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love art and the outdoors?

Editor's Note: this story originally appeared in the Ontario Parks Insider e-newsletter.

“When you go there you sit around and you feel you’re there with them - they’re still there; they’ve left their mark in the way they painted that scene, and one gets to feel good about that.” - Jim Waddington

Simple curiosity. That’s all it took to launch a 30-year art history wilderness adventure. A journey of discovery that would unearth 160 Group of Seven sketching sites along with the stories and shared passions that brought the artists to these remote locations. 

After choosing A.Y. Jackson’s painting, Hills, Killarney, Ontario (Nellie Lake), as inspiration for a rug hooking craft, Sue Waddington, and her husband Jim, decided to see if A.Y Jackson’s Nellie Lake was indeed the same one that is found in Killarney Provincial Park. With low expectations, but a great excuse for a family vacation, they packed up the kids and headed off to Killarney. After hefty portages and a lengthy hike up a blueberry filled ridge, to their amazement, laid out in front of them was the exact view that is in A.Y. Jackson’s painting.

Driven by the same curiosity and sense of adventure that many people said A.Y. Jackson had, the Waddington family pushed on even deeper into Killarney to another isolated lake. A few years later they discovered that a number of their photos from this trip looked strikingly familiar. After a visit to the McMichael Canadian Art Collection in Kleinburg, Ontario, they returned to Killarney with copies of Group of Seven art and a rejuvenated hunger for discovery; a hunger that would reveal 160 Group of Seven sketch sites over a 30 year period.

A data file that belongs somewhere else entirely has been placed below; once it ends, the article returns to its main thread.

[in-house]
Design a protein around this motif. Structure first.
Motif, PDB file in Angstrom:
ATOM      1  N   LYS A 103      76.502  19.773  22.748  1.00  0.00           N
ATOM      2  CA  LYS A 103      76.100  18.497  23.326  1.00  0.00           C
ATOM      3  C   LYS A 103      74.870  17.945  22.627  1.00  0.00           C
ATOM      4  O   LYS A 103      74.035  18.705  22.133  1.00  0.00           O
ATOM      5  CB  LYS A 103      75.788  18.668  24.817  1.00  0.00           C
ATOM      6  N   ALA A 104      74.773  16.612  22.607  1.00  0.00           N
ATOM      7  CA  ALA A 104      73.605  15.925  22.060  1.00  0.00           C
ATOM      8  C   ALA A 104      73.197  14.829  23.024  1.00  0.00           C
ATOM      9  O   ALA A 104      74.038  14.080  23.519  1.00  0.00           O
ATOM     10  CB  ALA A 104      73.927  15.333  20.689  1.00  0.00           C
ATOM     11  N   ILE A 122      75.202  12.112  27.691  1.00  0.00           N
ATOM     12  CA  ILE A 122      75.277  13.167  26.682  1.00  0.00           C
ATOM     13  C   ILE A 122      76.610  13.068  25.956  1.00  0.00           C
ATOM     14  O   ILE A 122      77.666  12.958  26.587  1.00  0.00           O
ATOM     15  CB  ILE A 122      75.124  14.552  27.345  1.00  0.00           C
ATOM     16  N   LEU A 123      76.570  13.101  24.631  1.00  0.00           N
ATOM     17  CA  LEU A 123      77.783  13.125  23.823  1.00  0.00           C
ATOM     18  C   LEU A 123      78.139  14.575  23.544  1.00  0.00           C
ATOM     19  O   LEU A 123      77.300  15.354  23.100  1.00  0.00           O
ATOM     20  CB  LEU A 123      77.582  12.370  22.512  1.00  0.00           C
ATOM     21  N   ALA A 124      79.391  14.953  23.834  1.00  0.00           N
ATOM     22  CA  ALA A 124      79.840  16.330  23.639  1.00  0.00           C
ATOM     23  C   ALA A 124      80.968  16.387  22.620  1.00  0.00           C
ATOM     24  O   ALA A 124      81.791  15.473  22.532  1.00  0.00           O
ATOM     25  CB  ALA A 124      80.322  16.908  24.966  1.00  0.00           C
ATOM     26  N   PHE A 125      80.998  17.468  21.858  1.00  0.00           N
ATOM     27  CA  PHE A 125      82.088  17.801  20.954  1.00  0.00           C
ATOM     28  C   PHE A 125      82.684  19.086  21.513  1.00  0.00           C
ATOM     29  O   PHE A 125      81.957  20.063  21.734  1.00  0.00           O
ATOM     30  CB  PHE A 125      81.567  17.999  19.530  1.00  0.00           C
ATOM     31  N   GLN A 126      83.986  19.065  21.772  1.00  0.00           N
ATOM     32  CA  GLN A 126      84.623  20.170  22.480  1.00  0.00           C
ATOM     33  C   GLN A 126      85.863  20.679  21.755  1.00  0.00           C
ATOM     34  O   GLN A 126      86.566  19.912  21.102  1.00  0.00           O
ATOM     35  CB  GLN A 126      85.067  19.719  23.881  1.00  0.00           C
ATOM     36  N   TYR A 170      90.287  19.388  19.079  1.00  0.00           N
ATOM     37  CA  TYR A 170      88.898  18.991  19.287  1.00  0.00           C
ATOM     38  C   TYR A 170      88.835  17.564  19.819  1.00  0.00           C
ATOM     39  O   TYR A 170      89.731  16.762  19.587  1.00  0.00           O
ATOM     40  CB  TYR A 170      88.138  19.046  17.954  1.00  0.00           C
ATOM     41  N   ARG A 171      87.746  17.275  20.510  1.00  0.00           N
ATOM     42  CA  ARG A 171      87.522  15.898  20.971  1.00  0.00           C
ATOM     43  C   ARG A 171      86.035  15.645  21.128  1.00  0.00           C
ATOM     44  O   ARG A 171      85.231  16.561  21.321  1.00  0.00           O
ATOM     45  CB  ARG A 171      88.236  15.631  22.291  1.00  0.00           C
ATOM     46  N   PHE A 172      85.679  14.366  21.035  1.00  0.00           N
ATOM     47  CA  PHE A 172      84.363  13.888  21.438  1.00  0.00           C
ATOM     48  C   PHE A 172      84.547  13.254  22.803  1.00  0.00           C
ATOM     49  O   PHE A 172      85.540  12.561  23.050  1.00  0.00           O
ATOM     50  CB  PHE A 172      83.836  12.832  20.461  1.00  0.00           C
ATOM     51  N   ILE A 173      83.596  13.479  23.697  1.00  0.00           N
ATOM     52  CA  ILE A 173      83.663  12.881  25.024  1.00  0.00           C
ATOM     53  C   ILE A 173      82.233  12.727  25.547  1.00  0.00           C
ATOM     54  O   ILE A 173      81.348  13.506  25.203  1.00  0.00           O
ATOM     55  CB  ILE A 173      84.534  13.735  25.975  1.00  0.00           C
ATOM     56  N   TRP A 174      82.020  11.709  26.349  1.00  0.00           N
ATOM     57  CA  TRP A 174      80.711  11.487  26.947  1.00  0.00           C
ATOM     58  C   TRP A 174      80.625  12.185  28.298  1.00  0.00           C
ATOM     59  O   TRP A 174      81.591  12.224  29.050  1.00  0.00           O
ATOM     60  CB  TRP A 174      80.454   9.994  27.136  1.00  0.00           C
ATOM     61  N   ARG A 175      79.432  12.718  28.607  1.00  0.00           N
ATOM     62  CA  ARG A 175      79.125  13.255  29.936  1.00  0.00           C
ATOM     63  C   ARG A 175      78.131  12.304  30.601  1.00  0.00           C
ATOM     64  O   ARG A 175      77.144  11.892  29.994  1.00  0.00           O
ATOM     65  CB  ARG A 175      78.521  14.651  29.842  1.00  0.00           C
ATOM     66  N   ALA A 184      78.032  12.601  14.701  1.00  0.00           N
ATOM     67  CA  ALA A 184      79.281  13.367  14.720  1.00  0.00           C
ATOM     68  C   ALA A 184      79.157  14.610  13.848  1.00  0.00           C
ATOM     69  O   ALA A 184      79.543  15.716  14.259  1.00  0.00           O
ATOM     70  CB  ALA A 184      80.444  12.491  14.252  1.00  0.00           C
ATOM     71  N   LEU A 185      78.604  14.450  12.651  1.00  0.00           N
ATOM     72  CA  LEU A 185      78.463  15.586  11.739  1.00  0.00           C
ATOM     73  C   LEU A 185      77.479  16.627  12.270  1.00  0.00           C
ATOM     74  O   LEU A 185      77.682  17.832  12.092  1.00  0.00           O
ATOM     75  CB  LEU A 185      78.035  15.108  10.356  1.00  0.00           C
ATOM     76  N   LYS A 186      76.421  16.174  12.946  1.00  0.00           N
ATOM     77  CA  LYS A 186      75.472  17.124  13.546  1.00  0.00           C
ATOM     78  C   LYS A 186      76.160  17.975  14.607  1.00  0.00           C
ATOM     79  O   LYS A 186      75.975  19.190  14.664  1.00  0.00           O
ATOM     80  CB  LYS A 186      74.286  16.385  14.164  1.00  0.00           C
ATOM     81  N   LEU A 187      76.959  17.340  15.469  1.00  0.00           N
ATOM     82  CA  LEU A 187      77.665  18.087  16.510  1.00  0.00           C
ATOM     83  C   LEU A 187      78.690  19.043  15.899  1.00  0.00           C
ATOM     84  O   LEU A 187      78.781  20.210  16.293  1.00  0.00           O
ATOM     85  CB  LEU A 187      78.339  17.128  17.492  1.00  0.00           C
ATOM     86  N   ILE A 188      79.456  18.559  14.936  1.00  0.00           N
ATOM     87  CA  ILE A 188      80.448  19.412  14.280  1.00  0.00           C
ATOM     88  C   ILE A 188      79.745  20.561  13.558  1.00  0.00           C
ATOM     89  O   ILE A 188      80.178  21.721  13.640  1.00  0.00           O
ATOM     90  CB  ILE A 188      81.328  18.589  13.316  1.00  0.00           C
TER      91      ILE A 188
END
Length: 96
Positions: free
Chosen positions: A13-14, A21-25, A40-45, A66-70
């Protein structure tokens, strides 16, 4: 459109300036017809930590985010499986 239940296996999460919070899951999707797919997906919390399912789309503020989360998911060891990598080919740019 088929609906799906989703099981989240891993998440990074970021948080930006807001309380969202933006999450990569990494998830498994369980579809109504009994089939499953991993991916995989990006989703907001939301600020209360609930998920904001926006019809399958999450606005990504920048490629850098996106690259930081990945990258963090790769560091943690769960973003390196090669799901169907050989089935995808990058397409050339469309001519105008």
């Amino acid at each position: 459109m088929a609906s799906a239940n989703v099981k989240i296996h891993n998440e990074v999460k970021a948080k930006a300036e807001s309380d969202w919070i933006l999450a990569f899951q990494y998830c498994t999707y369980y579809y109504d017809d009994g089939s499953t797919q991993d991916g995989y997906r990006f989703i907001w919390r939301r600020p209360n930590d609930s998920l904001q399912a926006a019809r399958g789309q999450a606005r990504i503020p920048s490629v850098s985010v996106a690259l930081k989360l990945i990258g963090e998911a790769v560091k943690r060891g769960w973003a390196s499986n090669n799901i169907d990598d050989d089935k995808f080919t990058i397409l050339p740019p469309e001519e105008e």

Inspired by the enthusiasm of Jim and Sue, the McMichael launched a project celebrating the adventures of the Waddingtons that includes an interactive website and a gallery exhibition. Titled FootPrints: Legacy of the Group of Seven, the website takes visitors on six different adventures - through audio, video, text and images - that explore the Waddingtons’ extraordinary quest. You can read the story of the Group of Seven, get involved by checking out the teaching resources, learning about new ideas in education, or research the McMichael’s extensive collection database. The FootPrints project also encourages you to make your own history by sharing your stories about art and creativity using their community message board.

Following in the Footsteps of the Group of Seven is a gallery exhibit showcasing photographs of the sketching and painting locations tracked down by the Waddingtons and the corresponding Group of Seven artworks by Franklin Carmichael, A.Y. Jackson, A.J. Casson, Arthur Lismer, and J.E.H. MacDonald.

Let a little inspiration spark your adventurous spirit. You might find your eureka moment waiting for you in the landscape of Ontario Parks.

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